I don't much care what they cost to run, within reason. From memory We pay about $50/week in summer and $75/week in winter, two heat pumps, average sized house. That's a small price to pay for comfort IMHO.





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  Reply # 1992763 10-Apr-2018 14:21
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shk292:

 

BlueShift:

 

The big 'gotcha' with working out your ROI on a heatpump compared with any other form of heating is the extra 2-3 months a year you'll end up using the heatpump when your other heaters are gathering dust. Heatpumps are called that as they can move heat in either direction - in or out of the room. So you'll end up using it as an aircon though summer. Which is a big selling point for them, obviously. But it means that your running costs per annum can't be compared 1-1 with a heater. Sure the heater is less efficient per hour, but you're only using it for half the hours that you're running the heatpump.

 

 

I don't think that's a fair "gotcha" - I'd look on the cooling functionality as a complete bonus to the primary purpose of heating; you don't have to use the heatpump for cooling so I don't think you should include energy used for cooling in any ROI calculation for heating costs.  As it is, we probably use ours for cooling for a few hours on a handful of days per year - another bonus of the Auckland "boring" climate which spends most of its time between 15 and 25C.

 

 

That's the problem, they don't use the energy for cooling in the calcs. Which means, unless you take into account that you may be using the unit anywhere from a handful of extra days to a couple of extra months, you will not get the annual savings you are being led to expect.


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  Reply # 1992766 10-Apr-2018 14:28
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We have an IR heater on our deck. In that situation, if you're close enough to it, it works ok.

 

 

 

I wouldn't bother with one inside. Because it heats objects, you have to be close and line of sight and it would take forever to heat the actual space. You'll find the place will still feel cold if the items in the room feel cold to the touch e.g. a stone benchtop always makes a room feel colder as it feels colder to the touch than a formica benchtop.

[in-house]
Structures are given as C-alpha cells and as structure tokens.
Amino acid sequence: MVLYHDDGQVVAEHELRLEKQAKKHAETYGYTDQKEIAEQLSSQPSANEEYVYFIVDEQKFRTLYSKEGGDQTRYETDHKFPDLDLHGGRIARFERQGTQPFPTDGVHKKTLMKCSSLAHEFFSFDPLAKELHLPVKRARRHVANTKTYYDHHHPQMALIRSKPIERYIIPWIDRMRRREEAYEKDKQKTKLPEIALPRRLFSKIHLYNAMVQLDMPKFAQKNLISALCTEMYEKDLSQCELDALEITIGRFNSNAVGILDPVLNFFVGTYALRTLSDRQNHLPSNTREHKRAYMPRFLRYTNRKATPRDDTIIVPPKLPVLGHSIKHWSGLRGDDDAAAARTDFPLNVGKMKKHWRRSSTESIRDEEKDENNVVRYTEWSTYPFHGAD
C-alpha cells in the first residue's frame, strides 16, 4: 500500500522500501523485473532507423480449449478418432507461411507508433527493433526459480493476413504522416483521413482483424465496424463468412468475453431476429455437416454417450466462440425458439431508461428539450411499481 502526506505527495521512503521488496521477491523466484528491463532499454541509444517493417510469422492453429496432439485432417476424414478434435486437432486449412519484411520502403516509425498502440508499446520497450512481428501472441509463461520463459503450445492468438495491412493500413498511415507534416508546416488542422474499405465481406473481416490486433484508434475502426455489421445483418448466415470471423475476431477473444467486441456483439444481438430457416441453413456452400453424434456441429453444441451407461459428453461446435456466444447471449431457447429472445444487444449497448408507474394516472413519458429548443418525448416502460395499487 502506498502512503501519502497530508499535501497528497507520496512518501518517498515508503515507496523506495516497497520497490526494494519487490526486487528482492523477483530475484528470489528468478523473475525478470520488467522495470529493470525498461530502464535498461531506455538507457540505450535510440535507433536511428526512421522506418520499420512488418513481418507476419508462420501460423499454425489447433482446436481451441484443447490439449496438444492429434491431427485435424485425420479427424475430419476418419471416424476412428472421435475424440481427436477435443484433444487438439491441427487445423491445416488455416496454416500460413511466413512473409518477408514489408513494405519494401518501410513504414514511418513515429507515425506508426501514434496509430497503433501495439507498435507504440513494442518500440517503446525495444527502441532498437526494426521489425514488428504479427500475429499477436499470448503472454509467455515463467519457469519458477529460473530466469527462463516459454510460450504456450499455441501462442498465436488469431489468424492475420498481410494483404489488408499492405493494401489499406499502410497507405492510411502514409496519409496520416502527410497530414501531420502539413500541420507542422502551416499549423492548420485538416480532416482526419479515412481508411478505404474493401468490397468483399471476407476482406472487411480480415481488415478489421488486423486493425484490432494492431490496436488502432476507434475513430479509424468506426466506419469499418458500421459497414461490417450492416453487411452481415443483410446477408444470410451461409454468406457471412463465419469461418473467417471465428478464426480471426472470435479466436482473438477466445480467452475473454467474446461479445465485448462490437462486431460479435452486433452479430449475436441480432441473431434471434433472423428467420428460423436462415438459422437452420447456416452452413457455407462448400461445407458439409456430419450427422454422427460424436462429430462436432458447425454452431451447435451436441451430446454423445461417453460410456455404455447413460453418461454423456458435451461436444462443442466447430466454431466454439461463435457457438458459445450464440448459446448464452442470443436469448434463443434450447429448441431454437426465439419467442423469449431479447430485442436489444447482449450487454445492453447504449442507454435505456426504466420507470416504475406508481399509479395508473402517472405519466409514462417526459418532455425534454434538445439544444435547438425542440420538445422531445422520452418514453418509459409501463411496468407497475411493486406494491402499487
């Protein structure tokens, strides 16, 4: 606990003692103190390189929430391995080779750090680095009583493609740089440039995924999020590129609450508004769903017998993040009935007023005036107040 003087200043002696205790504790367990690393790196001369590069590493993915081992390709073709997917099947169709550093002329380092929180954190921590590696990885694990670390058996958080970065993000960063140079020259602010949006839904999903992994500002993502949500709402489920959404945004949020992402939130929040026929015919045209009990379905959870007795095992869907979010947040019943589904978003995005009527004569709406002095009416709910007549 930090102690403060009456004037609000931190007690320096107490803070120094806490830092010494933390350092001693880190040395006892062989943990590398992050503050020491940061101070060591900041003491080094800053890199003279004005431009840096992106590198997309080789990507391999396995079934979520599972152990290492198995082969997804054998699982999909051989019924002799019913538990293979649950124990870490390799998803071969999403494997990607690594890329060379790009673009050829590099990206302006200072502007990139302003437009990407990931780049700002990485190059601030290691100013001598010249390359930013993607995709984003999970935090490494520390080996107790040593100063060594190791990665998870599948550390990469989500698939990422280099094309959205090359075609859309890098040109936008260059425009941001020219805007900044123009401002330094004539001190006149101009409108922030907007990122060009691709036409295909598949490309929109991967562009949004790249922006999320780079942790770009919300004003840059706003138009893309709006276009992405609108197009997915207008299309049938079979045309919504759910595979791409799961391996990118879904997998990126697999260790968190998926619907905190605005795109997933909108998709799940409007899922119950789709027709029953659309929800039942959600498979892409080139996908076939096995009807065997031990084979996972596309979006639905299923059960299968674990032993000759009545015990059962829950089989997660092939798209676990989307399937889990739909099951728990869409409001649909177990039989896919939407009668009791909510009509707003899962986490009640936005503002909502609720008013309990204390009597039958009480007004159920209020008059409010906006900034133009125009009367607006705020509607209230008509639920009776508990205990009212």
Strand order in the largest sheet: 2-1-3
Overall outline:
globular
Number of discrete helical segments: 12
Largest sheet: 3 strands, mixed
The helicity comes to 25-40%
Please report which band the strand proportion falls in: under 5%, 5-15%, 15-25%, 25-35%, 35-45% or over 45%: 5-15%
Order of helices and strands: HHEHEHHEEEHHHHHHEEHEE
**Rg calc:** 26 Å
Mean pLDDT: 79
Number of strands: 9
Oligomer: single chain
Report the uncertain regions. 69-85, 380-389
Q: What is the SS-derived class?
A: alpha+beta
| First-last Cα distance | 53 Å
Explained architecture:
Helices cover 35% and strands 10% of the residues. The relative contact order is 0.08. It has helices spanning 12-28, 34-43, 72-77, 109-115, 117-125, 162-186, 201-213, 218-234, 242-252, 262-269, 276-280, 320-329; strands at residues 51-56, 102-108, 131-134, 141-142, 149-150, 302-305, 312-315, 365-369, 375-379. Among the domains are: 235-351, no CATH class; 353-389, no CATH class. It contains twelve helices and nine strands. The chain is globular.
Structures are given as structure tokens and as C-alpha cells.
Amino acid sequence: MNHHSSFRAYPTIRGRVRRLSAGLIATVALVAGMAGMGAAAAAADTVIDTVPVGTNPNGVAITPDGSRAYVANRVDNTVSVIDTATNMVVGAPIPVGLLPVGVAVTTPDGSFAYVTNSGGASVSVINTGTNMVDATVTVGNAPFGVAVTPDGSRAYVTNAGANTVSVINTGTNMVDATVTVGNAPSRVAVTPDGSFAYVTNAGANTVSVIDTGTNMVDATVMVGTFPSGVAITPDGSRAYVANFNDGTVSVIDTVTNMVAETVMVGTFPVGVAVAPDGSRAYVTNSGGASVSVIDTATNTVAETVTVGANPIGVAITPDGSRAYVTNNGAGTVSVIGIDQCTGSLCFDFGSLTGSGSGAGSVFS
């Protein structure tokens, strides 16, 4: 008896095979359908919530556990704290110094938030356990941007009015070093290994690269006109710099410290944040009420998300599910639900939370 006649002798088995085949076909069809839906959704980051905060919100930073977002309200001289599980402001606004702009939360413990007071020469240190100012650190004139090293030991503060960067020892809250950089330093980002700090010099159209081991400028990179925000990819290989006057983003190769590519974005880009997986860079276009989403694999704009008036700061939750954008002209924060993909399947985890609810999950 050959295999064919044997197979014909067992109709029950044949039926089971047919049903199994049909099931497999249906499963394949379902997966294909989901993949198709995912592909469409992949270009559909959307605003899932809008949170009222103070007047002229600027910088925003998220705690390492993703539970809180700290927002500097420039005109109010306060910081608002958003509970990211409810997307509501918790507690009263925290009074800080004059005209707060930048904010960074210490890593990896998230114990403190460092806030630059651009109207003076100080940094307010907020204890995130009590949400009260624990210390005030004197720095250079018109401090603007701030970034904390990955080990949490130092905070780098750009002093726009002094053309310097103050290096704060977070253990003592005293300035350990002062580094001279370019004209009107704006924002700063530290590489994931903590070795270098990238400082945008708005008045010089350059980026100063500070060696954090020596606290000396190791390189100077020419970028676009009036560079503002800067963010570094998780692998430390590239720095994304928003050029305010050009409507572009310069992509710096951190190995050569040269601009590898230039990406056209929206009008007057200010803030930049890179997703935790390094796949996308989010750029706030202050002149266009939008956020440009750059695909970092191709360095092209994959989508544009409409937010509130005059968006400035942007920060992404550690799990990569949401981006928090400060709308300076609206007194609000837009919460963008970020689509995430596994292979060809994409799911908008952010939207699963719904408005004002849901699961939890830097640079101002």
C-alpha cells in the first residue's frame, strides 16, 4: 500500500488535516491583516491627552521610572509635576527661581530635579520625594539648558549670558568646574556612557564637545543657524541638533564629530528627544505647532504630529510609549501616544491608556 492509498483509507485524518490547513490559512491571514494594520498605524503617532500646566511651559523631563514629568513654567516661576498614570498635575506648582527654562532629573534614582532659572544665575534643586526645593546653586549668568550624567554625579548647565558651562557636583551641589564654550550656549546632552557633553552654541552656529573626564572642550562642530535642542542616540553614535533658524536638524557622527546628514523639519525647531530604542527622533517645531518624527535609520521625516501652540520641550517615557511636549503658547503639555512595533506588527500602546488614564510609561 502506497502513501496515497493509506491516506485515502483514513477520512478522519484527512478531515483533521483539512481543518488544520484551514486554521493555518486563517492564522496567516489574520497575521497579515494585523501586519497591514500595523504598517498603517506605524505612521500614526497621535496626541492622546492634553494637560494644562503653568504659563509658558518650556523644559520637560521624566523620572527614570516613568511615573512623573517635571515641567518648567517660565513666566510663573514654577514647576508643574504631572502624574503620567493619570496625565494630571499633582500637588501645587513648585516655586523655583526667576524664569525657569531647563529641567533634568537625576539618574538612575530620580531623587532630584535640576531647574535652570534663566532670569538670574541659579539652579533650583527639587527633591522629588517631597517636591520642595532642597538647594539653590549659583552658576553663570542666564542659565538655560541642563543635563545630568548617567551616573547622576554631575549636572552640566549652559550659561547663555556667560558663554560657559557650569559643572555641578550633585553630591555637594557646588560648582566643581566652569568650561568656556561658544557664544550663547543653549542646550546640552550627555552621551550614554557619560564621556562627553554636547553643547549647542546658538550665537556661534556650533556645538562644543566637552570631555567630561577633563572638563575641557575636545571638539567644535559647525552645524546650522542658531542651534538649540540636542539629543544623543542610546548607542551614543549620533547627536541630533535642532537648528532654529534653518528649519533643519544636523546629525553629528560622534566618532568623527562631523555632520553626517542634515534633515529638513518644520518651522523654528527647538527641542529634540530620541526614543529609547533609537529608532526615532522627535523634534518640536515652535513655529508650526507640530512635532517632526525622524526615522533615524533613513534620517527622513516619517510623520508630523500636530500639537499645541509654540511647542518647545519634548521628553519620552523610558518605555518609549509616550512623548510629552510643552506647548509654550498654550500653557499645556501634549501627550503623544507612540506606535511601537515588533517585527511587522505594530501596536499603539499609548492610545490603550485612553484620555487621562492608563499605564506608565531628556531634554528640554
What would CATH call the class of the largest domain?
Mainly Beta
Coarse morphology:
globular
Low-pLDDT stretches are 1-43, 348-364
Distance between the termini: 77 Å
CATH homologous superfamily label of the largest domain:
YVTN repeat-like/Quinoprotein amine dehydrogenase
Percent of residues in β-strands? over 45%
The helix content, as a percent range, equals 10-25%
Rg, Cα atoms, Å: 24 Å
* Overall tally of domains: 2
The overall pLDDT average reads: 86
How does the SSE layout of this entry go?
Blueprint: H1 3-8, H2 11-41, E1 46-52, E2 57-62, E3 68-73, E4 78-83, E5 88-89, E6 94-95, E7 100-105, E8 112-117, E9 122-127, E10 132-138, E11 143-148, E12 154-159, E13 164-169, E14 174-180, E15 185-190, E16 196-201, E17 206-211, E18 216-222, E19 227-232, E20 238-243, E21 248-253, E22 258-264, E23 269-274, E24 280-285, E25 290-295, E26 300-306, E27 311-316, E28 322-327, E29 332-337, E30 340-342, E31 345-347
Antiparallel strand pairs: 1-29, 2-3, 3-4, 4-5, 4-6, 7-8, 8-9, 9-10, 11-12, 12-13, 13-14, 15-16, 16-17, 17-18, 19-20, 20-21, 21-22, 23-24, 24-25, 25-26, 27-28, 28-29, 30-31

Additional reasons to not bother with one:

 

- no cooling/dehumidifying capability

 

- 1.2kw of heating seems very little for a 21sqm space

 

- no thermostat control

 

- are there any issues with that much IR exposure?

 

- A small capacity heatpump would be more efficient energy wise and while more expensive, it should be 2x more expensive, not 4-5x

 

 

 

If you do go with one, please report back though. I'm sure many people would be keen to know if it works out!


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  Reply # 1992864 10-Apr-2018 17:07
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I'm considering putting in a LHZ convector heater with heat retention tablets for a smallish bedroom, you can pick up a 1500w for $569.99 from BBQs Direct which will heat a room 15m2.  This is a spare bedroom only used occasionally and I can't really see its worth of paying more for the investment of infrared and i'd like to think the heat retention will help keep the unit off some of the time with the thermostat.


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  Reply # 1992904 10-Apr-2018 18:22
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wombus:

I'm considering putting in a LHZ convector heater with heat retention tablets for a smallish bedroom, you can pick up a 1500w for $569.99 from BBQs Direct which will heat a room 15m2.  This is a spare bedroom only used occasionally and I can't really see its worth of paying more for the investment of infrared and i'd like to think the heat retention will help keep the unit off some of the time with the thermostat.



Why not an oil heater?




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  Reply # 1992958 10-Apr-2018 20:11
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timmmay: